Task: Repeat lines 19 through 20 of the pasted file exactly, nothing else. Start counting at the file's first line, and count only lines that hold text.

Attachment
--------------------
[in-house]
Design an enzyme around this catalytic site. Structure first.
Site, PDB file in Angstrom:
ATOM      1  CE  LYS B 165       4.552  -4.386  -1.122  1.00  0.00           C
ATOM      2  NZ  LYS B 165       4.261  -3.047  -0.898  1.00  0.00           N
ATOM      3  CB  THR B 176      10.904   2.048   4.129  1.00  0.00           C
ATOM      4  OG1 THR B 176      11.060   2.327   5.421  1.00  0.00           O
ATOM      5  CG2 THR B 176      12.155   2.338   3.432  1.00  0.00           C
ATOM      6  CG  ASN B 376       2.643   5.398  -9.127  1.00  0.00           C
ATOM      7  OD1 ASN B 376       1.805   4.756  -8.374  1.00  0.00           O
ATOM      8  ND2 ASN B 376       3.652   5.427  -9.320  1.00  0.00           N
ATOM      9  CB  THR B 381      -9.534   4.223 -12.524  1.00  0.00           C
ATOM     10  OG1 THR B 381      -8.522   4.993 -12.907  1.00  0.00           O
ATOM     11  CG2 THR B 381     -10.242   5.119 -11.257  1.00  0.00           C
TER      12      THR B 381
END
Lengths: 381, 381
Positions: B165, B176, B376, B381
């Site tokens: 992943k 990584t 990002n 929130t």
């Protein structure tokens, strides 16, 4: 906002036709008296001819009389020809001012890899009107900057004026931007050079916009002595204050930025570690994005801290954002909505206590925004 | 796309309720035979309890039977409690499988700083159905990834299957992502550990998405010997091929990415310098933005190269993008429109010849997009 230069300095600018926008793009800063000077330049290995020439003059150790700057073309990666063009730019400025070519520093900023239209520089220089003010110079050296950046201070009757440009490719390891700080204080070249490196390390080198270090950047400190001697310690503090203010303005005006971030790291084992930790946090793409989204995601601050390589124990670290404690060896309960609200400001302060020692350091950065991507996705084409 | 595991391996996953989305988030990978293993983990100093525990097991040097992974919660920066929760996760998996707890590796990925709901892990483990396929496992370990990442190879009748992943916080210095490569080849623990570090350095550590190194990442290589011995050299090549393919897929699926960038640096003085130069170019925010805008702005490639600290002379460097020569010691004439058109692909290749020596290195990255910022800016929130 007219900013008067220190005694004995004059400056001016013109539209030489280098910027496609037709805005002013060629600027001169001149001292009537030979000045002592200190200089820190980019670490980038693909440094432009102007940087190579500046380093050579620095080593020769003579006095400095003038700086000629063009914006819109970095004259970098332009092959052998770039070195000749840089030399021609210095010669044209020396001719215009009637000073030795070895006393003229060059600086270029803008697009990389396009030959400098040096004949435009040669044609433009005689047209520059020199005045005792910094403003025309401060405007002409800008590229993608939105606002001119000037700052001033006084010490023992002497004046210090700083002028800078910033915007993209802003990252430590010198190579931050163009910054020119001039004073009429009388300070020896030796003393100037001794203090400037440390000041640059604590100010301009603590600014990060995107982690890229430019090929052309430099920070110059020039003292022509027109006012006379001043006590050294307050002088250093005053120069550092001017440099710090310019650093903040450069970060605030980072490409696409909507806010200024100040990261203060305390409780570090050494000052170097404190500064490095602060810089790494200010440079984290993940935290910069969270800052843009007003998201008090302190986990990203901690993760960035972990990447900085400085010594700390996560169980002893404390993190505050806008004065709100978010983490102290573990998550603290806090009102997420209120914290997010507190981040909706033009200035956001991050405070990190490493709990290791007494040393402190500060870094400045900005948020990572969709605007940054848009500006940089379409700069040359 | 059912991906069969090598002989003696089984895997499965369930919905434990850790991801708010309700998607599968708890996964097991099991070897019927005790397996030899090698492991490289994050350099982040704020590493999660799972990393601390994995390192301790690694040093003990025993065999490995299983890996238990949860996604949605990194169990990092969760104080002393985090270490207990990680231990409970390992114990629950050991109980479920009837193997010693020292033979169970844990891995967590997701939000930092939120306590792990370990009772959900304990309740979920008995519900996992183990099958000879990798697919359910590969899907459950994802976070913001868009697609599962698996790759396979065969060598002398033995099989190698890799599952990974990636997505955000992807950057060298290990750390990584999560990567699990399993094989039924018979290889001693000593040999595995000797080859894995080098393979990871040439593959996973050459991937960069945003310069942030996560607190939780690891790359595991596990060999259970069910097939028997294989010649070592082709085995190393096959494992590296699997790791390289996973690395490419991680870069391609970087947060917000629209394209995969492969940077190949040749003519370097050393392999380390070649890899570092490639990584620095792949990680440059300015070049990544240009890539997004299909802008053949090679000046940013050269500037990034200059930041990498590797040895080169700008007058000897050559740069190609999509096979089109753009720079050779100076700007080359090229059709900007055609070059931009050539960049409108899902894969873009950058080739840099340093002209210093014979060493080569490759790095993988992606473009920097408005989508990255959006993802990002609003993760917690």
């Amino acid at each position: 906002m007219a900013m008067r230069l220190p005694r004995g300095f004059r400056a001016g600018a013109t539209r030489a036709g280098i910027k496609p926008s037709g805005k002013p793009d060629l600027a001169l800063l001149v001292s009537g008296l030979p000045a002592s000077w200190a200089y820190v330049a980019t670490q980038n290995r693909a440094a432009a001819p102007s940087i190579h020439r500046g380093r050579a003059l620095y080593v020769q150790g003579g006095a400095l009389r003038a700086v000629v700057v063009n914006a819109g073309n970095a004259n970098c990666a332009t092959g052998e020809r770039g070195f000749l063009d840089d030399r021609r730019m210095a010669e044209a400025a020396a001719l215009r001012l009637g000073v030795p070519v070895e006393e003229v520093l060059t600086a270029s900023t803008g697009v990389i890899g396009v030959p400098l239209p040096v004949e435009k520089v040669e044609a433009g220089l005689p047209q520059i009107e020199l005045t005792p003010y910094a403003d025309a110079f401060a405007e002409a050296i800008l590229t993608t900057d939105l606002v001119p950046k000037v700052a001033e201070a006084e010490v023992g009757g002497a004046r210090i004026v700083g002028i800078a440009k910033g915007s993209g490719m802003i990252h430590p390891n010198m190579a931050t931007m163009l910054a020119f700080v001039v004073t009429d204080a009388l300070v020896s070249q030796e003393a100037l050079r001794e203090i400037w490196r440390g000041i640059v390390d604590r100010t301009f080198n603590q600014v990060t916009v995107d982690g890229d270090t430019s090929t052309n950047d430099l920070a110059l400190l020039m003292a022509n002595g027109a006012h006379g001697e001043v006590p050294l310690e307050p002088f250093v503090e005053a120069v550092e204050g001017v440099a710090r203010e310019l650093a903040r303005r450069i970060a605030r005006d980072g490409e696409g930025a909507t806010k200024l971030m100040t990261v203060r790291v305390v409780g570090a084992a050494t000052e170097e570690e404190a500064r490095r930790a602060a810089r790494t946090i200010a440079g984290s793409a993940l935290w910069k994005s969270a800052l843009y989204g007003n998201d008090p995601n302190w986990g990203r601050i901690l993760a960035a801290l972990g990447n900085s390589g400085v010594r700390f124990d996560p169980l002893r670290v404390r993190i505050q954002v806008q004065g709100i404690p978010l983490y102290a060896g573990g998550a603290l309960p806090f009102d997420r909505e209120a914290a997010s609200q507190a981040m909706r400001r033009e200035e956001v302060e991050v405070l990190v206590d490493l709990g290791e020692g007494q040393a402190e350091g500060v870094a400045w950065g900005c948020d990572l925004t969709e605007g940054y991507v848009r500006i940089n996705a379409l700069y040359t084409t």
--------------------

């Site tokens: 992943k 990584t 990002n 929130t």
């Protein structure tokens, strides 16, 4: 906002036709008296001819009389020809001012890899009107900057004026931007050079916009002595204050930025570690994005801290954002909505206590925004 | 796309309720035979309890039977409690499988700083159905990834299957992502550990998405010997091929990415310098933005190269993008429109010849997009 230069300095600018926008793009800063000077330049290995020439003059150790700057073309990666063009730019400025070519520093900023239209520089220089003010110079050296950046201070009757440009490719390891700080204080070249490196390390080198270090950047400190001697310690503090203010303005005006971030790291084992930790946090793409989204995601601050390589124990670290404690060896309960609200400001302060020692350091950065991507996705084409 | 595991391996996953989305988030990978293993983990100093525990097991040097992974919660920066929760996760998996707890590796990925709901892990483990396929496992370990990442190879009748992943916080210095490569080849623990570090350095550590190194990442290589011995050299090549393919897929699926960038640096003085130069170019925010805008702005490639600290002379460097020569010691004439058109692909290749020596290195990255910022800016929130 007219900013008067220190005694004995004059400056001016013109539209030489280098910027496609037709805005002013060629600027001169001149001292009537030979000045002592200190200089820190980019670490980038693909440094432009102007940087190579500046380093050579620095080593020769003579006095400095003038700086000629063009914006819109970095004259970098332009092959052998770039070195000749840089030399021609210095010669044209020396001719215009009637000073030795070895006393003229060059600086270029803008697009990389396009030959400098040096004949435009040669044609433009005689047209520059020199005045005792910094403003025309401060405007002409800008590229993608939105606002001119000037700052001033006084010490023992002497004046210090700083002028800078910033915007993209802003990252430590010198190579931050163009910054020119001039004073009429009388300070020896030796003393100037001794203090400037440390000041640059604590100010301009603590600014990060995107982690890229430019090929052309430099920070110059020039003292022509027109006012006379001043006590050294307050002088250093005053120069550092001017440099710090310019650093903040450069970060605030980072490409696409909507806010200024100040990261203060305390409780570090050494000052170097404190500064490095602060810089790494200010440079984290993940935290910069969270800052843009007003998201008090302190986990990203901690993760960035972990990447900085400085010594700390996560169980002893404390993190505050806008004065709100978010983490102290573990998550603290806090009102997420209120914290997010507190981040909706033009200035956001991050405070990190490493709990290791007494040393402190500060870094400045900005948020990572969709605007940054848009500006940089379409700069040359 | 059912991906069969090598002989003696089984895997499965369930919905434990850790991801708010309700998607599968708890996964097991099991070897019927005790397996030899090698492991490289994050350099982040704020590493999660799972990393601390994995390192301790690694040093003990025993065999490995299983890996238990949860996604949605990194169990990092969760104080002393985090270490207990990680231990409970390992114990629950050991109980479920009837193997010693020292033979169970844990891995967590997701939000930092939120306590792990370990009772959900304990309740979920008995519900996992183990099958000879990798697919359910590969899907459950994802976070913001868009697609599962698996790759396979065969060598002398033995099989190698890799599952990974990636997505955000992807950057060298290990750390990584999560990567699990399993094989039924018979290889001693000593040999595995000797080859894995080098393979990871040439593959996973050459991937960069945003310069942030996560607190939780690891790359595991596990060999259970069910097939028997294989010649070592082709085995190393096959494992590296699997790791390289996973690395490419991680870069391609970087947060917000629209394209995969492969940077190949040749003519370097050393392999380390070649890899570092490639990584620095792949990680440059300015070049990544240009890539997004299909802008053949090679000046940013050269500037990034200059930041990498590797040895080169700008007058000897050559740069190609999509096979089109753009720079050779100076700007080359090229059709900007055609070059931009050539960049409108899902894969873009950058080739840099340093002209210093014979060493080569490759790095993988992606473009920097408005989508990255959006993802990002609003993760917690």